"My Favorite Mistake" is a new biweekly series in which writer Seema Kalia interviews various luminaries about the one mistake that taught them the most.
We asked journalist Helen Thomas to be our first interview subject for this column so we could learn something about her professional past that was particularly memorable - something that might have left such a significant imprint that it informed how she did her work as a reporter from thereon.
She, being Helen Thomas, questioned the entire premise of the interview. Stating, in short, that as a political reporter, she simply isn't allowed to make mistakes:
Helen Thomas: I don't have any mistakes to tell you about.
Seema Kalia: You don't have any recollection of any time you didn't do something well?
No, not that I know of. I don't say I'm perfect, and I do say I've made mistakes, but nothing that's colossal.
The spirit of this interview is really to explore the role of mistake-making as part of the growth of people who are really successful at what they do.
No, no, no...you're looking for something else; you want people to flagellate themselves.
There are many people I'd like to see flagellated in Washington, but you are not among them.
Well, I can't think of any [mistakes] that would be earth-shaking. Everybody makes mistakes. I don't know any reporter that hasn't done some Monday morning quarter-backing and wondered if they could have done something better; should they have asked a different question? But one thing about our business -- one thing about journalism -- is if you make a mistake, you're finished. Your mistake is on the front page and you don't have a job the next day. That's the way I've always seen it, and that's how it happens. I think we pay a higher penalty for our mistake than anyone else because it's so glaring when we do.
Do you think the political figures would do better to admit mistakes sooner, like when they make them?
I think they know that. I think most politicians would definitely expose missteps in their past, put it on the table. They would be considered very courageous and they'd go on from there. [And] I think it eases the pain; it's out there so it isn't a great exposé. Then it's left to the judgment of people. And people are usually forgiving, if it isn't a monumental mistake.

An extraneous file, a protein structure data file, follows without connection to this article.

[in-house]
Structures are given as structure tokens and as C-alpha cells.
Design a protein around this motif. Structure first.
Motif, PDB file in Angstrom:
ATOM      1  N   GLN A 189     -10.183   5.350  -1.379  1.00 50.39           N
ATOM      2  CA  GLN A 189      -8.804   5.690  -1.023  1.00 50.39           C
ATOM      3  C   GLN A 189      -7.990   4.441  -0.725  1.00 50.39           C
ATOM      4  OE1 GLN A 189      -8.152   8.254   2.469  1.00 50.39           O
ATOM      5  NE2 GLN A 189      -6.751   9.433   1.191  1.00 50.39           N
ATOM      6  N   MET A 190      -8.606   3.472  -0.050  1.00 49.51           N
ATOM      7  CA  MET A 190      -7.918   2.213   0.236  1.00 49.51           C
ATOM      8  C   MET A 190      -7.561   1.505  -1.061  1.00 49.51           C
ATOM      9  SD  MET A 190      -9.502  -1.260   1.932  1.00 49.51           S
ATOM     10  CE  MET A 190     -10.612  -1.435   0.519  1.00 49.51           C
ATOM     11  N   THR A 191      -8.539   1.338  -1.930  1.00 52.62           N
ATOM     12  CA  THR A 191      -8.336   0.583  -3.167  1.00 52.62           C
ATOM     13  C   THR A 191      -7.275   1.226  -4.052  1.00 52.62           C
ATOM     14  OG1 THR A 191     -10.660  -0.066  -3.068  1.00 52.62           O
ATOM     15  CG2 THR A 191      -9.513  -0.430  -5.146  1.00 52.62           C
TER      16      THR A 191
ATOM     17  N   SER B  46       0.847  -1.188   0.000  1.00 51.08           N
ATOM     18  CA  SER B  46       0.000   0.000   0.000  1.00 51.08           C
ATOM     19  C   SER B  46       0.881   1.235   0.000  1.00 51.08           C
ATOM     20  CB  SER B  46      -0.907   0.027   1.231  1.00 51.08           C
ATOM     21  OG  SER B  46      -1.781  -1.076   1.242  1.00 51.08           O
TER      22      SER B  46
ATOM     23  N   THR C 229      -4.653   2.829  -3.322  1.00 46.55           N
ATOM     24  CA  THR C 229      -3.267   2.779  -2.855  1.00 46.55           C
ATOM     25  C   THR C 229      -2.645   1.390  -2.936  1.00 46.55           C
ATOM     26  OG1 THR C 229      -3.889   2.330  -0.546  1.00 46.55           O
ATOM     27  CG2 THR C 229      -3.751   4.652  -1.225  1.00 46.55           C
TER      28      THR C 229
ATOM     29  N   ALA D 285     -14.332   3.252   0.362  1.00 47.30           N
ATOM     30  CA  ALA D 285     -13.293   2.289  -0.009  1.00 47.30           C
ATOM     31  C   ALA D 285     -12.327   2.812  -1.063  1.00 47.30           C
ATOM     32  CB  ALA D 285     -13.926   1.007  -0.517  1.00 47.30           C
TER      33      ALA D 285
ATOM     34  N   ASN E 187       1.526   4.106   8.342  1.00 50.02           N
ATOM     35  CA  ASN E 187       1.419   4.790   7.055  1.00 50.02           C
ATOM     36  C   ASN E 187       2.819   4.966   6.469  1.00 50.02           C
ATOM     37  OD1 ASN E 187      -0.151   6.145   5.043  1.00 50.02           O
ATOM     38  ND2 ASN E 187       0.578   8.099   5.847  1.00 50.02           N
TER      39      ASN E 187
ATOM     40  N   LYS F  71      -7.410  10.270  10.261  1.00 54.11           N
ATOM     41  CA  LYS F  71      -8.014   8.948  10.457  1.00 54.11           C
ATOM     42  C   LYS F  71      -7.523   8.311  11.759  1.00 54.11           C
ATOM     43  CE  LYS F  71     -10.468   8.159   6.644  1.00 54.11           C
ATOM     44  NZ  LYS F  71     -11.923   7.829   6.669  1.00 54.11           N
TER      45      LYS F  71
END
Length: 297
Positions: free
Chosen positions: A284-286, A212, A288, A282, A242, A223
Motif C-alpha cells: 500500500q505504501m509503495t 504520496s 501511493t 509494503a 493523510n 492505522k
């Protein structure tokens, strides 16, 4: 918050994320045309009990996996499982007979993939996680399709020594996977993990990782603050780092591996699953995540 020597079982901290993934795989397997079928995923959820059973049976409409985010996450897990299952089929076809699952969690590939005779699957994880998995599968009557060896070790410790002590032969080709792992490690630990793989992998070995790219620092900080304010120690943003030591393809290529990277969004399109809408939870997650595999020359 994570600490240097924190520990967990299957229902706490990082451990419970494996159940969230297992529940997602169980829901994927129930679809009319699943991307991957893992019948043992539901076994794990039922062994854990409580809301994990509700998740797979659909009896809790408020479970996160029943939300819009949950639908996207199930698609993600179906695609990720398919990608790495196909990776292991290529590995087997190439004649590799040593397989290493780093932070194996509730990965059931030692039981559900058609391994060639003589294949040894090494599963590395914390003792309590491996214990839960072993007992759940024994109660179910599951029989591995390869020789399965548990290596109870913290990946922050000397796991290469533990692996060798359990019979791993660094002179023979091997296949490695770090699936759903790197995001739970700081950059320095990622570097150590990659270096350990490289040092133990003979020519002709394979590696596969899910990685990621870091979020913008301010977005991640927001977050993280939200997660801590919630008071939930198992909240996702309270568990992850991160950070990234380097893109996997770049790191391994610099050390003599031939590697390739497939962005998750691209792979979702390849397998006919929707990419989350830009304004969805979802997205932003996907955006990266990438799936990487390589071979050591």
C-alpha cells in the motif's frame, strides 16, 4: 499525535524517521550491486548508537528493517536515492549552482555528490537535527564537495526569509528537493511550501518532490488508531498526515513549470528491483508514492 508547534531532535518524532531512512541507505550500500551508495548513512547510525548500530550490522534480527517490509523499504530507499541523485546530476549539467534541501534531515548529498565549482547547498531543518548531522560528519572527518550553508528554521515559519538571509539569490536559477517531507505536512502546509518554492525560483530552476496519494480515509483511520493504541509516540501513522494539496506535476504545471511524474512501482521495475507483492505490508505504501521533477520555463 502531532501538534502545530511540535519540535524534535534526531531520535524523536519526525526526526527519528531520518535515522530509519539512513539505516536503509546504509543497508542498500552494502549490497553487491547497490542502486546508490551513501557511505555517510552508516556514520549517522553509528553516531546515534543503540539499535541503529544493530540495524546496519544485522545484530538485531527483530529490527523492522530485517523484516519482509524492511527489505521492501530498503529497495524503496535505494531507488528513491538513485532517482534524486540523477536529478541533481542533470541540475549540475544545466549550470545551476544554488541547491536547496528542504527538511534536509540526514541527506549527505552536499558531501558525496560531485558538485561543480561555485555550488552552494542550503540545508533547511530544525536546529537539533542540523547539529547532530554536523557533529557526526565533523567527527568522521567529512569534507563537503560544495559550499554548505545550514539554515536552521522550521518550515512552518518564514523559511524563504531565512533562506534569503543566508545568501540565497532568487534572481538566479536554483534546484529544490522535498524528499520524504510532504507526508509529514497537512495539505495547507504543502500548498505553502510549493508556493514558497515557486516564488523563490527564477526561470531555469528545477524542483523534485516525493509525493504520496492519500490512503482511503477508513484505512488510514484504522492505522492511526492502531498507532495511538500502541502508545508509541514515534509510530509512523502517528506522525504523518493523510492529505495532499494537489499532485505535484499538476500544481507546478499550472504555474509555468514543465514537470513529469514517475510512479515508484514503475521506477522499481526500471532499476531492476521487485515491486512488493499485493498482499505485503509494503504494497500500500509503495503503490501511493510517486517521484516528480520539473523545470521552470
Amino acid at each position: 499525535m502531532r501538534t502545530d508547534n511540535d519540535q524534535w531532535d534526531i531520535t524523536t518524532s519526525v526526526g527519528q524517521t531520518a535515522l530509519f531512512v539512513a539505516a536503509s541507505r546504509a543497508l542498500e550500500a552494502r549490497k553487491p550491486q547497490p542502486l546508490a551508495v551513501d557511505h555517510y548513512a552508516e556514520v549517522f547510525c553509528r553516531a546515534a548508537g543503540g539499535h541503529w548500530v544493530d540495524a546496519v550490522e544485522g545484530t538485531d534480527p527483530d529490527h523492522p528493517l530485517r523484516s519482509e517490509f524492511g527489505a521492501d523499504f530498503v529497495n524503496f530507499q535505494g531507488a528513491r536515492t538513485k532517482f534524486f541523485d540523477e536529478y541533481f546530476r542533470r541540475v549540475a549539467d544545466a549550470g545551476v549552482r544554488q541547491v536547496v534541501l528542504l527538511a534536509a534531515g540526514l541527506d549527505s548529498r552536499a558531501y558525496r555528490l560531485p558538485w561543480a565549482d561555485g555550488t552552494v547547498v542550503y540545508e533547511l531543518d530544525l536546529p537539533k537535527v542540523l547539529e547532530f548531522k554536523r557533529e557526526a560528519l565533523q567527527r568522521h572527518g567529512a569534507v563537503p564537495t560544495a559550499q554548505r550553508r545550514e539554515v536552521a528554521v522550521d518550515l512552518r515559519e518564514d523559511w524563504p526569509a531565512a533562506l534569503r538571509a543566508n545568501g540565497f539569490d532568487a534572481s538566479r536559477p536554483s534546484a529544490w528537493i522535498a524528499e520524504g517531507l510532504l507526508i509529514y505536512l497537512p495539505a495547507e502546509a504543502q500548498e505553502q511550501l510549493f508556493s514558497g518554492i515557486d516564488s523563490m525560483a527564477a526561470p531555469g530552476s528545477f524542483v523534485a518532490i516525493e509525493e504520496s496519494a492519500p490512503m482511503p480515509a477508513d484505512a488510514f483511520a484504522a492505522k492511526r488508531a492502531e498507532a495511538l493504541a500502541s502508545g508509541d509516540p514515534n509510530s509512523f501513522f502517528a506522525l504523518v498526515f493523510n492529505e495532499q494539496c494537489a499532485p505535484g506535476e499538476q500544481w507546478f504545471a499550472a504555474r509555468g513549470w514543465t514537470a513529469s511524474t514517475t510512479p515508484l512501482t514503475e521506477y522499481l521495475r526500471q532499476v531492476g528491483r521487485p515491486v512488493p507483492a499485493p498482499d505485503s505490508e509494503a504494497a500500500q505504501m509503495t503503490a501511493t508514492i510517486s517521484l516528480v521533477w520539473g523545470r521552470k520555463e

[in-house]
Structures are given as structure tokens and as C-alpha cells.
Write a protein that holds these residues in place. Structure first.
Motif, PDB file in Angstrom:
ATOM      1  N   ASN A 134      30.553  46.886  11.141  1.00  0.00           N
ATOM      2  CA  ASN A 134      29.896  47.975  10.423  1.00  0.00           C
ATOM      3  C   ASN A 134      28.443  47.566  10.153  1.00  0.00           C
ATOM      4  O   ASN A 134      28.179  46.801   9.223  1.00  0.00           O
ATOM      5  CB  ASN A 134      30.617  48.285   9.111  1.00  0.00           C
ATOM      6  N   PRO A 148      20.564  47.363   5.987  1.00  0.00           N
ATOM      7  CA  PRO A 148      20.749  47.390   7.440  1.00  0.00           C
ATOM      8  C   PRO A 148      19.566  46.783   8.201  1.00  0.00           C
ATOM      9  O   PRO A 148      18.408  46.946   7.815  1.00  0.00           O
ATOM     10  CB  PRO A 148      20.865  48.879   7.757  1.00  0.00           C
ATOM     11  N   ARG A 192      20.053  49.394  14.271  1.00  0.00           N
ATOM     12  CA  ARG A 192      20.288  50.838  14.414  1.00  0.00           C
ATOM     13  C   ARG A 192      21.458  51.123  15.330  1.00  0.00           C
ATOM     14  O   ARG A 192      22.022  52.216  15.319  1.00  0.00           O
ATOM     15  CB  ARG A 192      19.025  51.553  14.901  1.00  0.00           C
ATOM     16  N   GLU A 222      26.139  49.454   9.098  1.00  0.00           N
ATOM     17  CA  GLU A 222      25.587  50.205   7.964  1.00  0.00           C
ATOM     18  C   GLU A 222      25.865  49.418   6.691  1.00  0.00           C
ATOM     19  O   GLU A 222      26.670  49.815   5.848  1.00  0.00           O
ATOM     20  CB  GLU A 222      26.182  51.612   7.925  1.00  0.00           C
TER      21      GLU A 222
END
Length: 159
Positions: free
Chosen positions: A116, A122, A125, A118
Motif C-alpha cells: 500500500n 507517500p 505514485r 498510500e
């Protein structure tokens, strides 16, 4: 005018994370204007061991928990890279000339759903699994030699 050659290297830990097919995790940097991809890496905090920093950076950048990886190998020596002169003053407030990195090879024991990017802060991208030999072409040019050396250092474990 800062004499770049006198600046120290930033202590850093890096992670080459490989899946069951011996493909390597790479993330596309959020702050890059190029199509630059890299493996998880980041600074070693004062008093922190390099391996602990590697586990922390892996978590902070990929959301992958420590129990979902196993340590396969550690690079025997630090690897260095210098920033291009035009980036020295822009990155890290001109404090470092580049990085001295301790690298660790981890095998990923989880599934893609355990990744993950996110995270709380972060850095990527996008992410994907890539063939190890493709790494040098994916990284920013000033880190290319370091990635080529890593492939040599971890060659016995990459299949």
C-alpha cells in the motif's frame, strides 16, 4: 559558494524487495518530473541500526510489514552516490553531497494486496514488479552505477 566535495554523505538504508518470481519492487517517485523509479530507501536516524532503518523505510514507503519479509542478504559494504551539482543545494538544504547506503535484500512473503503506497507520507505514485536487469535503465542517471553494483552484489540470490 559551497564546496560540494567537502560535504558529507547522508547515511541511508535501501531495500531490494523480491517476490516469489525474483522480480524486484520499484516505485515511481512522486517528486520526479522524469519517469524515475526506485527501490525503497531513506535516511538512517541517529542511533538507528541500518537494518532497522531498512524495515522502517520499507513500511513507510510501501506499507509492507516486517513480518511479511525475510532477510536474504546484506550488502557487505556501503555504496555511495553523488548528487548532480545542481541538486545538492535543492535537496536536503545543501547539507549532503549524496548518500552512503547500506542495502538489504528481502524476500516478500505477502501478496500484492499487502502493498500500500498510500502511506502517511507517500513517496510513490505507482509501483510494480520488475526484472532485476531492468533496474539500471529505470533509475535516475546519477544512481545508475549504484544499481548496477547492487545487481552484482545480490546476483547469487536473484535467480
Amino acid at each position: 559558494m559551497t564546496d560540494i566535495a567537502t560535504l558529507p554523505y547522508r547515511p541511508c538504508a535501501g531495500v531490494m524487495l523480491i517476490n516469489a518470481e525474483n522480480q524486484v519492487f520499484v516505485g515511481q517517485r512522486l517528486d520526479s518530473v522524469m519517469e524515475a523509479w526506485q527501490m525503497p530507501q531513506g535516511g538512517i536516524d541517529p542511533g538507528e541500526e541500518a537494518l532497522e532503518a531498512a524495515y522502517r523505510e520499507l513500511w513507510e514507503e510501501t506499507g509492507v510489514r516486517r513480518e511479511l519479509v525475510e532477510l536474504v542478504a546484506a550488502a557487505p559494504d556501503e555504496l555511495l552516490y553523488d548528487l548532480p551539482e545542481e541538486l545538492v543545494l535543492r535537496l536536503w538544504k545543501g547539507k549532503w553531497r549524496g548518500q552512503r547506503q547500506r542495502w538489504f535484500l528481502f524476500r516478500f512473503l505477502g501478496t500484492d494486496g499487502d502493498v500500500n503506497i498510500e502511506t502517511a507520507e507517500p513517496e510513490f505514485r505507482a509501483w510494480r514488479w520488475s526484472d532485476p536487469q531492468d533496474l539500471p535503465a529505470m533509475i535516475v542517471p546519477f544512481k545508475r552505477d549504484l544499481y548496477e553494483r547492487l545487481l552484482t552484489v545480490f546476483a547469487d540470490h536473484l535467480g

Is the American public too forgiving of its public figures?
Not in my opinion. You can forgive, but you don't have to elect them. [Laughs.]
Well, election is probably the favorite form of forgiveness for a politician, isn't it?
I'm sure that would weigh in for a lot of them [laughs]. I wish we knew more about our leaders as they're going in [to office] rather than coming out. I think we should have known more about the President and so forth. You need to know more. Much more.
Well, whose mistake was that?
It's ours. It's our job to probe.
What would you say to a young reporter who, in their exuberance, published something that turns out to not be true?
If it isn't too earth-shaking, then I would assure them, "This is what you did wrong..." and give them a second chance. But I don't think you get another chance if you make a mistake involving a big story.
Do you think technology is changing that? That a good reporter will always find a venue because there are so many media outlets now?
No, but I do think it is kind of sad when everybody who owns a laptop thinks they're a journalist and doesn't understand the ethics. We do have to have some sense of what's right and wrong in this job. Of how far we can go. We don't make accusations without absolute proof. We're not prosecutors. We don't assume.
So if there's this amateur league of journalists out there, trying to do what you do...
What makes it dangerous? Isn't more information always better?
Not necessarily. Not if it isn't true. It could be out there and it could really muck up the whole picture. I'm not trying to suppress information; I'm just saying you have to be very careful.
My advice is simply try, as best you can, to only write the truth and try to check everything, and I think you just hope for the best. And, certainly, if someone gives you a story, I think you have to look a gift horse in the mouth. You have to find out why they're peddling it to you.
Always question why anybody does things. That's probably good advice for anybody.
Come back every other Wednesday for more installments of "My Favorite Mistake".
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